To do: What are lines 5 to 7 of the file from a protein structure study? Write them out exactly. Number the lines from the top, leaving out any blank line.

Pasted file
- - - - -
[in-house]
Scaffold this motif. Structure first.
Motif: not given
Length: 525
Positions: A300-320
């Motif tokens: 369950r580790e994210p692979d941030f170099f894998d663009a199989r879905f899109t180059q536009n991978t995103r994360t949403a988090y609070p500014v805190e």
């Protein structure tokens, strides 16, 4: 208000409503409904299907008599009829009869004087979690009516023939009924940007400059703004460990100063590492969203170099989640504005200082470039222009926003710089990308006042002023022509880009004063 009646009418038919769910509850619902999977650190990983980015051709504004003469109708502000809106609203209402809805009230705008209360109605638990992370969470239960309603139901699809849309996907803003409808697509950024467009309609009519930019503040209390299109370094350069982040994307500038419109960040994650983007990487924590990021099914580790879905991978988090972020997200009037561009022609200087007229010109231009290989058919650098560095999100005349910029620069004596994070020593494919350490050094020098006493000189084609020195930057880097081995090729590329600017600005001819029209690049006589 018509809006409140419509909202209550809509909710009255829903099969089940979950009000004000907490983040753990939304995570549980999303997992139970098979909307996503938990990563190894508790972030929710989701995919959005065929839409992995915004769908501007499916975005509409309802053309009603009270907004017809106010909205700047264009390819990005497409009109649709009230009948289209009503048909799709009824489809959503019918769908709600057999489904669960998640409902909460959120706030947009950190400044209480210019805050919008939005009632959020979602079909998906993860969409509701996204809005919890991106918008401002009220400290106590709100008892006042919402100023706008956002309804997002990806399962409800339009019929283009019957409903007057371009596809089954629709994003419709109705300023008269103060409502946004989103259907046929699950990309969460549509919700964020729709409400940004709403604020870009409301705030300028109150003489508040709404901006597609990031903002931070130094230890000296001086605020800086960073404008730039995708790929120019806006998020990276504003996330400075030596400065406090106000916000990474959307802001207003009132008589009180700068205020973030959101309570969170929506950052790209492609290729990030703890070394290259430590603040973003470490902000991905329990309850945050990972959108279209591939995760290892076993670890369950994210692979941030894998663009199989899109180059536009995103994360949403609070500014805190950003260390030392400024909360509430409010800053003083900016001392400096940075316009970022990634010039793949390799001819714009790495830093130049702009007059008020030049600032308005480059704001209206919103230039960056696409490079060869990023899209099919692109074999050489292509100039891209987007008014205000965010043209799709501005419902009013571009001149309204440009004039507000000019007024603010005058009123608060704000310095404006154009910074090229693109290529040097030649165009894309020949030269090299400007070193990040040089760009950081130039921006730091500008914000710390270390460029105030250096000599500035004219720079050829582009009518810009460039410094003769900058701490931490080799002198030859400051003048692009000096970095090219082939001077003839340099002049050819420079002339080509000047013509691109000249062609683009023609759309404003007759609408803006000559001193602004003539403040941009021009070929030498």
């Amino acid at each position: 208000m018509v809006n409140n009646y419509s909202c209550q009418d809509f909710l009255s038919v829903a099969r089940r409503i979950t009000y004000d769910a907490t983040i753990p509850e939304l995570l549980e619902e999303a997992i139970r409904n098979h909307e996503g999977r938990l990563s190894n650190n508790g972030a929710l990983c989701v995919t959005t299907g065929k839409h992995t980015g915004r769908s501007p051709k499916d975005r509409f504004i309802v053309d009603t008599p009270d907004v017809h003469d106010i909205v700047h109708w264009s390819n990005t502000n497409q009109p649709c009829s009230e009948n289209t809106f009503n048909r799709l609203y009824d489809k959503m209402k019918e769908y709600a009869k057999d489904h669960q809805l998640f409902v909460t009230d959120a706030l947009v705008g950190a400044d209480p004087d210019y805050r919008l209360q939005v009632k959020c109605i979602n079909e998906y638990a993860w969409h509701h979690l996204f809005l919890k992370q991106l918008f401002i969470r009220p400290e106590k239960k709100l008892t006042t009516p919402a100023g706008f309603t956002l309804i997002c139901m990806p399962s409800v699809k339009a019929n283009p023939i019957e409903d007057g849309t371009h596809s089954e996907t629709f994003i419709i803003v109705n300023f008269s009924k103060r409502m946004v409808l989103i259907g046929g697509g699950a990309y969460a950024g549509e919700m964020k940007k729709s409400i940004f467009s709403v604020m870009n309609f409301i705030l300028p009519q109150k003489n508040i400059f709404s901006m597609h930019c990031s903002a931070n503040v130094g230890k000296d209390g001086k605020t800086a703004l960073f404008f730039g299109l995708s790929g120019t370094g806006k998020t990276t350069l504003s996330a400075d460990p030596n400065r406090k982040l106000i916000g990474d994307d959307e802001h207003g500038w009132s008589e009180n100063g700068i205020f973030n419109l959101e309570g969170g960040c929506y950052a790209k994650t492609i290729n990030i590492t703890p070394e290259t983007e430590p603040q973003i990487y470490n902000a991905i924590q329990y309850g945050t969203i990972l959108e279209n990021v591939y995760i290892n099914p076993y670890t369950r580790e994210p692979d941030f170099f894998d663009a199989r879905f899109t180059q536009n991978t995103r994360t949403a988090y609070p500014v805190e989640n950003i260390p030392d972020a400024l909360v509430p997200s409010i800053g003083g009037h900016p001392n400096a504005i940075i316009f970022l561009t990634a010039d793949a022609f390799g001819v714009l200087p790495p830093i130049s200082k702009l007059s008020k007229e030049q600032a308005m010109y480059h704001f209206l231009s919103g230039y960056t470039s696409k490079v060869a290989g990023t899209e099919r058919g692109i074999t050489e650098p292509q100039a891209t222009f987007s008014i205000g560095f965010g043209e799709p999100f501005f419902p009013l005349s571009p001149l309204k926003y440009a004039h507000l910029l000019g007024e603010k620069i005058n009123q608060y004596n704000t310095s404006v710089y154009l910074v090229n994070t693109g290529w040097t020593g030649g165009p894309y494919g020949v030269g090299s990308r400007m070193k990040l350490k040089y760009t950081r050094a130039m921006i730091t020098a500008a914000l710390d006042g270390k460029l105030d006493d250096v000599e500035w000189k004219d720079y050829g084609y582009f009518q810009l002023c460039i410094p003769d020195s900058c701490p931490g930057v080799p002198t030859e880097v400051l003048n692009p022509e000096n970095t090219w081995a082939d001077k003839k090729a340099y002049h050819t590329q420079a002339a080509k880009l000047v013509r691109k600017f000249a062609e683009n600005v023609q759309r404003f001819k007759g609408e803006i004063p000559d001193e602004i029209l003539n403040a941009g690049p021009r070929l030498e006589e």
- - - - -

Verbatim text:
Positions: A300-320
């Motif tokens: 369950r580790e994210p692979d941030f170099f894998d663009a199989r879905f899109t180059q536009n991978t995103r994360t949403a988090y609070p500014v805190e």
């Protein structure tokens, strides 16, 4: 208000409503409904299907008599009829009869004087979690009516023939009924940007400059703004460990100063590492969203170099989640504005200082470039222009926003710089990308006042002023022509880009004063 009646009418038919769910509850619902999977650190990983980015051709504004003469109708502000809106609203209402809805009230705008209360109605638990992370969470239960309603139901699809849309996907803003409808697509950024467009309609009519930019503040209390299109370094350069982040994307500038419109960040994650983007990487924590990021099914580790879905991978988090972020997200009037561009022609200087007229010109231009290989058919650098560095999100005349910029620069004596994070020593494919350490050094020098006493000189084609020195930057880097081995090729590329600017600005001819029209690049006589 018509809006409140419509909202209550809509909710009255829903099969089940979950009000004000907490983040753990939304995570549980999303997992139970098979909307996503938990990563190894508790972030929710989701995919959005065929839409992995915004769908501007499916975005509409309802053309009603009270907004017809106010909205700047264009390819990005497409009109649709009230009948289209009503048909799709009824489809959503019918769908709600057999489904669960998640409902909460959120706030947009950190400044209480210019805050919008939005009632959020979602079909998906993860969409509701996204809005919890991106918008401002009220400290106590709100008892006042919402100023706008956002309804997002990806399962409800339009019929283009019957409903007057371009596809089954629709994003419709109705300023008269103060409502946004989103259907046929699950990309969460549509919700964020729709409400940004709403604020870009409301705030300028109150003489508040709404901006597609990031903002931070130094230890000296001086605020800086960073404008730039995708790929120019806006998020990276504003996330400075030596400065406090106000916000990474959307802001207003009132008589009180700068205020973030959101309570969170929506950052790209492609290729990030703890070394290259430590603040973003470490902000991905329990309850945050990972959108279209591939995760290892076993670890369950994210692979941030894998663009199989899109180059536009995103994360949403609070500014805190950003260390030392400024909360509430409010800053003083900016001392400096940075316009970022990634010039793949390799001819714009790495830093130049702009007059008020030049600032308005480059704001209206919103230039960056696409490079060869990023899209099919692109074999050489292509100039891209987007008014205000965010043209799709501005419902009013571009001149309204440009004039507000000019007024603010005058009123608060704000310095404006154009910074090229693109290529040097030649165009894309020949030269090299400007070193990040040089760009950081130039921006730091500008914000710390270390460029105030250096000599500035004219720079050829582009009518810009460039410094003769900058701490931490080799002198030859400051003048692009000096970095090219082939001077003839340099002049050819420079002339080509000047013509691109000249062609683009023609759309404003007759609408803006000559001193602004003539403040941009021009070929030498």